After years in production hell, IDW’s hit horror comic Locke & Key has finally made its way to our screens. Based on the beloved series by Joe Hill and Gabriel Rodriguez, Locke & Key follows the Locke family as they embark on a new life after a horrific tragedy. With the whole series on Netflix, we’re excited to start breaking down the spooky and magical world of the show.
In case you didn’t realize, this piece contains minor spoilers for the first two eps of Locke & Key!
The Locke Family
The heart of the show is the Locke family members, who move to the mysterious Keyhouse Manor after the brutal murder of their father during a home invasion. Though grieving matriarch Nina (Darby Stanchfield) plays a key role, the series truly centers on the three Locke children.
Tyler (Connor Jessop) is the eldest and most popular of the siblings; Kinsey (Emilia Jones) is the nervous middle child who can’t quite get over what happened to their dad; and Bode (Jackson Robert Scott) is the youngest and most directly connected to the magic of Keyhouse Manor.
The trio immediately realizes that something strange is going on in the centuries-old house. It seems to all be connected to their father, a mysterious set of keys, and the history of Keyhouse Manor itself.
In the book, the sprawling manor is found in Lovecraft, Massachusetts. That may have been a bit on-the-nose for the show, so here we find it in the equally fictional Matheson, MA. A small East Coast beach town is the perfect setting for the strange house, which seems to hold many, many secrets. The first couple of episodes make clear that the magical keys are intrinsically connected to the house and its past.
We know that the Locke family’s now deceased dad once lived there and that he and his friends ruled the roost before a horrible tragedy befell them. Stranger still, he never told Nina or the children about the apparent drowning accident that took place in the caverns below the house. It’s established from the earliest moments of the series—in a twist on how readers find out in the books—that Sam Lesser, the young boy who killed the Locke patriarch, wanted to know about Keyhouse Manor and all of its secrets.
The first key that the Locke children come across is one of the most powerful: the Anywhere Key. When sled it into the keyhole in any door, it can literally take you anywhere you can envision. In the book, it’s a source of major conflict.
The mysterious Lady in the Well gains control of this power far faster in the Netflix series than she does in the book, which seems to spell disaster for the Locke clan and the fate of the wider world. Just like in the comics, Netflix’s Well Lady first presents as a beautiful young women, who manages to escape her well-house prison by luring Bode to share the magic of the keys with her. Once she’s escaped, she begins to collect the mysterious objects using the so-called Anywhere Key to hop around the globe.
Next up is what we’re calling the “mystery mirror” key, as we haven’t quite been able to find a direct analog within the books. This is the key that Bode is told by a mysterious “echo” from the aforementioned well that he can use to see his dead dad. Sadly, it’s nothing more than a dastardly trick that leaves Nina and Tyler trapped inside of a horrifying mirror world. It’s unclear whether this key only works on the closet that we see them trapped in, or if it can transform any door into a nightmare maze.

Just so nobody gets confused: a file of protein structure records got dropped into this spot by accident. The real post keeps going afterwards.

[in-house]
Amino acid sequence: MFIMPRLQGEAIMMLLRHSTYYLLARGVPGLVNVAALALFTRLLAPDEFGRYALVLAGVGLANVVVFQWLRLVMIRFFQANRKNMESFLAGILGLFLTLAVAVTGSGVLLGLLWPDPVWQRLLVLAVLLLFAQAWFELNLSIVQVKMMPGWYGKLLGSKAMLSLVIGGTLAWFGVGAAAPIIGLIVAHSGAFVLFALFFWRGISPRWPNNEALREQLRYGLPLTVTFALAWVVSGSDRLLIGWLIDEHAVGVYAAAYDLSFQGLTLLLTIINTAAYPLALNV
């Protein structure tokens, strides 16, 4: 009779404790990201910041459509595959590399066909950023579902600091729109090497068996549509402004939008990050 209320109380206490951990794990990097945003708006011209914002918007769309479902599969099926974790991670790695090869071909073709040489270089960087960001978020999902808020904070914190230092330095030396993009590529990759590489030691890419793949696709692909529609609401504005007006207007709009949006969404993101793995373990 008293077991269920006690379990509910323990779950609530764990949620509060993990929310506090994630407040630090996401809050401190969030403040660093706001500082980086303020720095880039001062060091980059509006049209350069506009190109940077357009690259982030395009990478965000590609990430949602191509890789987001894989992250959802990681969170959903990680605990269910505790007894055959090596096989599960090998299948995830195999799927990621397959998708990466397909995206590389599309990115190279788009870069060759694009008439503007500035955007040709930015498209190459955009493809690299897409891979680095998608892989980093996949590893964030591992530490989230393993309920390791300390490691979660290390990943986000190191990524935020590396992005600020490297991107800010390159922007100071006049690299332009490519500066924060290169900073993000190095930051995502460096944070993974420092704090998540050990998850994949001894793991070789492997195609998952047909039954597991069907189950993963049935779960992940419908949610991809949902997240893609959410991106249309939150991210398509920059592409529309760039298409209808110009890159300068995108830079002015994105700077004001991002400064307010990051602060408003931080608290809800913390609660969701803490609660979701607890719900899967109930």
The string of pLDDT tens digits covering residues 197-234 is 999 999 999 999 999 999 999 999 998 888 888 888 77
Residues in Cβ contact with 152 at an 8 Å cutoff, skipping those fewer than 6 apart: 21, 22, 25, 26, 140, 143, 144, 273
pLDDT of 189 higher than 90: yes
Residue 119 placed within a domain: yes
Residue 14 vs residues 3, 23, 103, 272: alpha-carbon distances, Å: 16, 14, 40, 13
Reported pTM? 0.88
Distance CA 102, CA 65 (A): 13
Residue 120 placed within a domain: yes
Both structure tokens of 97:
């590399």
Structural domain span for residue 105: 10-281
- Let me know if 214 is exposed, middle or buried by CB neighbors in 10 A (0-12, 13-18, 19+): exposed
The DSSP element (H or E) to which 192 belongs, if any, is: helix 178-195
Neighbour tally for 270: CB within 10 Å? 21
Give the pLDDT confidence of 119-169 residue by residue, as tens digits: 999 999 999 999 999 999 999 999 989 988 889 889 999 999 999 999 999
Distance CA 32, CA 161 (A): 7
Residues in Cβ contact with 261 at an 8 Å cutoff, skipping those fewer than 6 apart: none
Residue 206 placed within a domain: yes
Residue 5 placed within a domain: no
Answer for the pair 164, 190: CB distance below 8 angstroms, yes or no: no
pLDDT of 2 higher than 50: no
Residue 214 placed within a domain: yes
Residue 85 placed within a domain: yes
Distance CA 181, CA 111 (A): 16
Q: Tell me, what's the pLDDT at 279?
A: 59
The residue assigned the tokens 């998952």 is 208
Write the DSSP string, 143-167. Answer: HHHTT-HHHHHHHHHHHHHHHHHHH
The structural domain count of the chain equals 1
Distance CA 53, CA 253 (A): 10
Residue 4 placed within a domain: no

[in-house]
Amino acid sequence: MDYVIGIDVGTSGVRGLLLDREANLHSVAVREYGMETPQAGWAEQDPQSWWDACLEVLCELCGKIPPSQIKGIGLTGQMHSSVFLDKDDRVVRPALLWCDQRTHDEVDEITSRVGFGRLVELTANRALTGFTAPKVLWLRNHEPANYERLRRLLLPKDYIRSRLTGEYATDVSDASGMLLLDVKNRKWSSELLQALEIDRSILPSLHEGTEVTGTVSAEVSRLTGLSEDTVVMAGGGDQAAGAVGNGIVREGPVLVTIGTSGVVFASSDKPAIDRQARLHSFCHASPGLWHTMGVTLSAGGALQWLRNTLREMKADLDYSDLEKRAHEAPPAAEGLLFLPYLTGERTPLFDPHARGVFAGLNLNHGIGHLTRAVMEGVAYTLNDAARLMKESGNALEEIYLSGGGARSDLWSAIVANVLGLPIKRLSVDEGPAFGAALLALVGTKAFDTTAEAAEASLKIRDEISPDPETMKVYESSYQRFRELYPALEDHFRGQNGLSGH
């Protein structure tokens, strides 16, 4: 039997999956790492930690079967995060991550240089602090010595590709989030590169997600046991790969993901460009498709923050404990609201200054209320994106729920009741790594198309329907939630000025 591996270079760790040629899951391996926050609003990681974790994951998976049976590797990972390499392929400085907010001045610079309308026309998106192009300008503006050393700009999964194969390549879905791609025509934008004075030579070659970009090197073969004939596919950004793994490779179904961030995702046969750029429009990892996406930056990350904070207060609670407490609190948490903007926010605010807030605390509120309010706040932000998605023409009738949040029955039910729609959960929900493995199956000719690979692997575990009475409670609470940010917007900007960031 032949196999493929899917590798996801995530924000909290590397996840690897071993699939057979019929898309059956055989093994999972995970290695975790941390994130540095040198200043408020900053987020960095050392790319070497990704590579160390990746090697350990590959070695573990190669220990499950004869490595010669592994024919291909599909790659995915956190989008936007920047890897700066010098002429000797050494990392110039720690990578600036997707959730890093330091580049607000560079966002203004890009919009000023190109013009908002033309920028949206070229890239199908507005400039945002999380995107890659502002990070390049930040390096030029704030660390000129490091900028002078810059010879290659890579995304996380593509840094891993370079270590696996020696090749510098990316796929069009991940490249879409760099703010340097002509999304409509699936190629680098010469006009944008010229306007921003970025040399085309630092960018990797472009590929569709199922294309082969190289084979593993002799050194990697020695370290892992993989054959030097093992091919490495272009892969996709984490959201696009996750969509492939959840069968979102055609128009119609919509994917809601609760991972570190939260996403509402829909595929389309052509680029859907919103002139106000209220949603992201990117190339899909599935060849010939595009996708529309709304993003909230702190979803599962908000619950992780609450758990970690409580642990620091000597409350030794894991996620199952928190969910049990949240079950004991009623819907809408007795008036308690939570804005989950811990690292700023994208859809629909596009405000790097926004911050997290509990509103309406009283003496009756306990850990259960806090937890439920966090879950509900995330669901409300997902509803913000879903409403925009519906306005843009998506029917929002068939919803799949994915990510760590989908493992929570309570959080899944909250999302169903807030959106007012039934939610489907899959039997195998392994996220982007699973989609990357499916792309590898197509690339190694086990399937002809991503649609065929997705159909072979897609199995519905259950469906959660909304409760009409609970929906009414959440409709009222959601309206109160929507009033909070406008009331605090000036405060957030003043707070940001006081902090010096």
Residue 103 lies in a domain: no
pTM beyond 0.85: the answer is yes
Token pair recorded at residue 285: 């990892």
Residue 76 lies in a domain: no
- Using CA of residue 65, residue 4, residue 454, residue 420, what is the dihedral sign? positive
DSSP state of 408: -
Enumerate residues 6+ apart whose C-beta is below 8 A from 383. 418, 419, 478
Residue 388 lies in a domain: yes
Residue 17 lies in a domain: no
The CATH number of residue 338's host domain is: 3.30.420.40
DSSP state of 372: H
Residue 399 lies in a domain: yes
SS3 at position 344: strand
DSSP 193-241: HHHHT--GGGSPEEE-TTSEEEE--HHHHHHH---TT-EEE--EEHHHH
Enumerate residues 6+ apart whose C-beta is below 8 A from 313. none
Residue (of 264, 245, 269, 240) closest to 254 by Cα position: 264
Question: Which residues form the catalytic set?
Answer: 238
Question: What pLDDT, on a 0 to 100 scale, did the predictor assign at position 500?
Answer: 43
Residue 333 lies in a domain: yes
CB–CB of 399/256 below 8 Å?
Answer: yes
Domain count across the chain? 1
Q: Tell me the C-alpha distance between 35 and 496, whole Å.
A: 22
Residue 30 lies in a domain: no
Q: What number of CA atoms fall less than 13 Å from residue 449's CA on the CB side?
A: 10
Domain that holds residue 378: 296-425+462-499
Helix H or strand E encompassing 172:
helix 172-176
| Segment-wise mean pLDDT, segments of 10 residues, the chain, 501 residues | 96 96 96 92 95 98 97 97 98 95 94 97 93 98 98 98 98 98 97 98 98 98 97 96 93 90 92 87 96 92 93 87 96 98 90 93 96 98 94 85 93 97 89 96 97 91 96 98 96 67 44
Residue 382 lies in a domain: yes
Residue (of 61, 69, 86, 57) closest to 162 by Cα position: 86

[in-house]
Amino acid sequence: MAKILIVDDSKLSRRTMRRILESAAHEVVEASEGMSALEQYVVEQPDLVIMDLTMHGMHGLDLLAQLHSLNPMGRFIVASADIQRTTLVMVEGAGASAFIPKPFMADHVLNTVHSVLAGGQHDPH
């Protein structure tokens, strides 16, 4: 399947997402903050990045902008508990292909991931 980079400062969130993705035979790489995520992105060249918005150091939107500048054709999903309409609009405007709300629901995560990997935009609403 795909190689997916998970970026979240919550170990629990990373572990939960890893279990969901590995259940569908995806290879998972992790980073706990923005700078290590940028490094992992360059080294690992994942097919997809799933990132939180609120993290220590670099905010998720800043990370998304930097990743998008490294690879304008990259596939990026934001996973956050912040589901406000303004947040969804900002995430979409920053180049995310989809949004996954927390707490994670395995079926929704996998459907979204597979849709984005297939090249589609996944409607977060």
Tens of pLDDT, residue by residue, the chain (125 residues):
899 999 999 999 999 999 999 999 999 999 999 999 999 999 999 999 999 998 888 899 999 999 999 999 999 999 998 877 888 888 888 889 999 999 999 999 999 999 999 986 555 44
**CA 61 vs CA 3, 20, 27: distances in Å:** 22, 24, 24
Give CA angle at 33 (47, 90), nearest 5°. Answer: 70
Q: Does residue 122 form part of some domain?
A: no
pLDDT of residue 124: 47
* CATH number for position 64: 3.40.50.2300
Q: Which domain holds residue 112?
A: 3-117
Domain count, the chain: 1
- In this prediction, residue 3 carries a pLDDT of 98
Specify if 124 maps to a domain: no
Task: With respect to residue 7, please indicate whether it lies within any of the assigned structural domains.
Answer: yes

One of the most iconic creations from Locke & Key is the Head Key. We get a glimpse of it at the end of the second episode as Bode realizes that he can slip it into the back of his neck and open up the interior of his own mind. Tyler and Kinsey bear witness to this mind-bending moment, truly opening the Locke children up to the magic of Keyhouse.
In the comics, this is a massive part of the story, not only because it allows artist Rodriguez to show off some of his most incredible work. The key ends up defining much of Kinsey’s journey as she uses it to make a terrible decision and the kids realize that it might be the *cough* key *cough* to the past!
The final key we’ll discuss here is the Ghost Key, one of the most important treasures within Keyhouse Manor. This mystical artifact enables the user to walk through a specific door in the house and leave their corporeal form behind.
As the trailer teases, this will play a major role in Bode’s story as he takes possession of the key and leaves his body apparently dead on the floor. His sister Kinsey is less than happy when Bode flies off to explore, leaving the rest of his family to deal with the fallout.
From what we’ve learned so far, there are plenty of rules and guidelines for magic and lore of Keyhouse. The most important one of all is that anyone who turns 18 will forget the magic that they experienced, meaning that kids are the only people who can interact with the magic in any tangible way.
We see an interesting example of this when Nina is pulled through the mirror by Bode and his key but immediately forgets once Tyler saves her. We’ll get to know more about how the keys were made, who made them, and what their original purpose was as we move further into the series.
You can watch the first season of Locke & Key on Netflix right now!
Feature Image: Netflix